Where is the Money? Part 4 of 36: Operating in Oversupply

Authors’ Note: In this fourth installment of our new “Where is the Money?” series, we look at front-of-house optimization and its counter-intuitive impact on pricing strategies. Furthermore, as this is the 40th “Where is the Money?” article, we’d like to thank our readers for their support over the last three years. You will be pleased to know that we are busy collating these articles into our second book, The Math that Gaming Made, 2nd Edition. To celebrate this milestone we will revisit our very first article in the series and take another look at horizontal innovation and how it relates to front-of-house optimization. Horizontal innovation is flourishing in the gaming industry with new products hitting the gaming floor from all angles. These new products are being driven from different directions, ranging from innovative new gaming machines to new player development tools.

This year we have seen the complete transformation of the gaming manufacturer. In simple terms, there are now two massive groups: Scientific Games and GTECH, and what seems like a number of specialist companies. Both of these massive groups are, at least on the surface, very similar in their range of products. Their diverse products range from lottery to gaming, from slot systems to lottery systems and from VLTs to slot machines. It is too early to predict the final shape of these companies, but we can say with certainty that the nature and culture of these new entities will be shaping forces in the gaming industry for the next 10 years.

At the same time these massive companies are forming, there are a multitude of new vendors emerging with new product lines that are, in many cases, horizontally focused. For example, we now have a number of pure play slot machine manufacturers, such as Ainsworth, Aruze and Incredible Technologies, and we can see a large number of specialist product companies as well, such as Joingo, Acres and VizExplorer.

This new playing field is showing that the gaming manufacturer/systems company that existed and flourished in the past is now transforming in quite unexpected ways. To explore this, let’s reexamine the horizontal innovation series that started this “Where is the Money?” series 40 articles ago.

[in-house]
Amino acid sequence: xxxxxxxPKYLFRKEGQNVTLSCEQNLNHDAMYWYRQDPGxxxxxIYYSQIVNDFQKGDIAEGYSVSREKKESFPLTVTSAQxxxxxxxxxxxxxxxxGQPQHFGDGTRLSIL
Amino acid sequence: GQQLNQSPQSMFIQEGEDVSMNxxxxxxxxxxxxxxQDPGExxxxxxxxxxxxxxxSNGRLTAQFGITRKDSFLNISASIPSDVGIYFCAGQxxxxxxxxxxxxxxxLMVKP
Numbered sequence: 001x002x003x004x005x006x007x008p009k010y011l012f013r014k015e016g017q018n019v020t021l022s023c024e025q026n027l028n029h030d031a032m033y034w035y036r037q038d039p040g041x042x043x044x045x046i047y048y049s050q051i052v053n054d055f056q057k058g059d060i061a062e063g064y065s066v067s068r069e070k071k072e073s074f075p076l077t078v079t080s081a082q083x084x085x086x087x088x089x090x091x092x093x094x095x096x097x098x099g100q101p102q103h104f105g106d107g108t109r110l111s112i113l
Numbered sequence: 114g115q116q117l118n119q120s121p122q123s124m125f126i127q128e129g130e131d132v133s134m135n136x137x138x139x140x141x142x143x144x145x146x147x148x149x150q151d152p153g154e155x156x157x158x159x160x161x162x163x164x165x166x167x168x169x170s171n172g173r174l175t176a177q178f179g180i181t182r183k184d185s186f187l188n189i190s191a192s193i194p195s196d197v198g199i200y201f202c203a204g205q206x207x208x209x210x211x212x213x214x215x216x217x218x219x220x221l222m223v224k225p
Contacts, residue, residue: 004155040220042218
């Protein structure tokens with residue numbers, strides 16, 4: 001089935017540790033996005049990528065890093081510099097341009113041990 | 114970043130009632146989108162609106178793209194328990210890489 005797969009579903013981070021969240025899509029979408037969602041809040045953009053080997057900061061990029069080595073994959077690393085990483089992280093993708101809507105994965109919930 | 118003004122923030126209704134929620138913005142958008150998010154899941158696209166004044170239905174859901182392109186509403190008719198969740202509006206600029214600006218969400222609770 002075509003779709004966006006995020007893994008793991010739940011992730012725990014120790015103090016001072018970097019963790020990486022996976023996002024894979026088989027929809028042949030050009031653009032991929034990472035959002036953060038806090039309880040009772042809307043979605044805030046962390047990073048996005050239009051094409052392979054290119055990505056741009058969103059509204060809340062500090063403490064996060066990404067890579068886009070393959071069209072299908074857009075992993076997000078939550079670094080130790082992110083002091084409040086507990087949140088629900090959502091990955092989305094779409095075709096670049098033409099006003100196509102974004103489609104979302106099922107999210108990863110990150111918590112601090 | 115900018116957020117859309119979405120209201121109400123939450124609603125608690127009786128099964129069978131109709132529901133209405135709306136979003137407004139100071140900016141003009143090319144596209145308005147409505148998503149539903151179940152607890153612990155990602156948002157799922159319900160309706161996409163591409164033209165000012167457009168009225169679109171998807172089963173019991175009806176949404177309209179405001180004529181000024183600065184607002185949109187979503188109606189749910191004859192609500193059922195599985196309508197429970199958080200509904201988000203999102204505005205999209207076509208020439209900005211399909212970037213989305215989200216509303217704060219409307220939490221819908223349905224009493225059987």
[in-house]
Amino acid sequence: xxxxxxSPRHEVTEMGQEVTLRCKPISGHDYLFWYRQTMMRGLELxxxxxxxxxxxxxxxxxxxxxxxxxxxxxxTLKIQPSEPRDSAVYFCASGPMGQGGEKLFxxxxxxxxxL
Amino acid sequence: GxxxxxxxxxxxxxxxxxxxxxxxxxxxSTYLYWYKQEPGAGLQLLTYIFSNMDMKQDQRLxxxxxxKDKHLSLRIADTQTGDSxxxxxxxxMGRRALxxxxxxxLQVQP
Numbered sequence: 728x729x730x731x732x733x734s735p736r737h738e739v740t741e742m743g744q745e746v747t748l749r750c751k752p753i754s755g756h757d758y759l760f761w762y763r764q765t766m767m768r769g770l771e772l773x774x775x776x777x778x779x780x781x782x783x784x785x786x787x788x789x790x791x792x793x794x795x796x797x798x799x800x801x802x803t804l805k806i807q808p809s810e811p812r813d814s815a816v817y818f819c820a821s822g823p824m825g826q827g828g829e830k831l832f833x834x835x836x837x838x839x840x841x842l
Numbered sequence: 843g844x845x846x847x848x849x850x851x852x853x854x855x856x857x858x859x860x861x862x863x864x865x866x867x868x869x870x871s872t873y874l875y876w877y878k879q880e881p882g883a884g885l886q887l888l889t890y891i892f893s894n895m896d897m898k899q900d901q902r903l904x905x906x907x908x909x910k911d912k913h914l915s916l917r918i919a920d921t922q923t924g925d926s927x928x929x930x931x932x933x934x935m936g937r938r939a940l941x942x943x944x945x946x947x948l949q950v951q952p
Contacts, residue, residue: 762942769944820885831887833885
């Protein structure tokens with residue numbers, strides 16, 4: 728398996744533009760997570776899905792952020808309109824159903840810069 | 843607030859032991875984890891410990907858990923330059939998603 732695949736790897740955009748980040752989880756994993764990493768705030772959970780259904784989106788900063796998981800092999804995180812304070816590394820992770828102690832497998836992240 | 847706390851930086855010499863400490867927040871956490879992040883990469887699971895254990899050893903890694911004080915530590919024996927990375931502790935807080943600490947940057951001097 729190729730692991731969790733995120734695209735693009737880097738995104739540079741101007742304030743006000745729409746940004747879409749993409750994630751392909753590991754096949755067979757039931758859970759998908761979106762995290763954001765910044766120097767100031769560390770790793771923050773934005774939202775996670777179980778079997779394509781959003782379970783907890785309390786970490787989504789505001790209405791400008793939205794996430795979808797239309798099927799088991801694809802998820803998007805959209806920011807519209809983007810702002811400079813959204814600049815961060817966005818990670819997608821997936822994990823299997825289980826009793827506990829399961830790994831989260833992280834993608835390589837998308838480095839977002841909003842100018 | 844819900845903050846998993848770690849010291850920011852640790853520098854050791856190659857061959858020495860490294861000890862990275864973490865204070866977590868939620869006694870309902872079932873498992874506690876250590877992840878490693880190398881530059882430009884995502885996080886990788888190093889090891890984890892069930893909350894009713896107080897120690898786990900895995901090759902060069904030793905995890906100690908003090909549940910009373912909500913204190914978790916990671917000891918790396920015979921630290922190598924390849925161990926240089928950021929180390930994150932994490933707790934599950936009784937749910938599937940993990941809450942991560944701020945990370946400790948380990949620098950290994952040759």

A Crazy Retail Pricing Plan
In our May 2011 CEM article we described how the world of gaming was seeking a new equilibrium in pricing, but we were unsure how this pricing adjustment would happen. When looking at pricing in gaming, it is tempting to look at factors such as the hold percentage of the games and the average bet on the game—for example, on a blackjack game the cost of an hour of playing is, approximately, the price of one single bet.

Imagine a retailer that allowed a consumer to choose the price of goods. This retailer would be flooded with people paying pennies for expensive products and this crazy pricing plan would likely result in a large number of executives losing their jobs. Yet in gaming we implement this pricing plan every day. A patron can easily pay three times as much for the same product as the person sitting next to them at blackjack—and this is not considered the slightest bit crazy.

One of the fundamental components of economics is price, and it is with adjustments to price that economists are able to model all manner of sophisticated behaviors in the markets. We have come up with a “price” in gaming that seems to make sense, but before looking into this, let’s first examine the fundaments of economics.

Primer on Economics and Price
The law of supply and demand is “A theory explaining the interaction between the supply of a resource and the demand for that resource. The law of supply and demand defines the effect that the availability of a particular product and the desire (or demand) for that product has on price. Generally, if there is a low supply and a high demand, the price will be high. In contrast, the greater the supply and the lower the demand, the lower the price will be.”1

In more formal terms, Figure 1 shows that the price (P) is a balance between supply and demand. The diagram shows that an increase in demand from D1 to D2 will result in an increase in price from P1 to P2 and an increase in quantify sold from Q1 to Q2. The critical observation is that we are modeling an increase in demand here and it is this increase in demand that is driving an increase in price and an increase in quantity. If this were the case in gaming right now, then the price of a gaming experience and the amount of gaming would both be increasing. Later in this article, however, we argue that in many markets the price is in fact decreasing, and we’ll describe what this price actually means.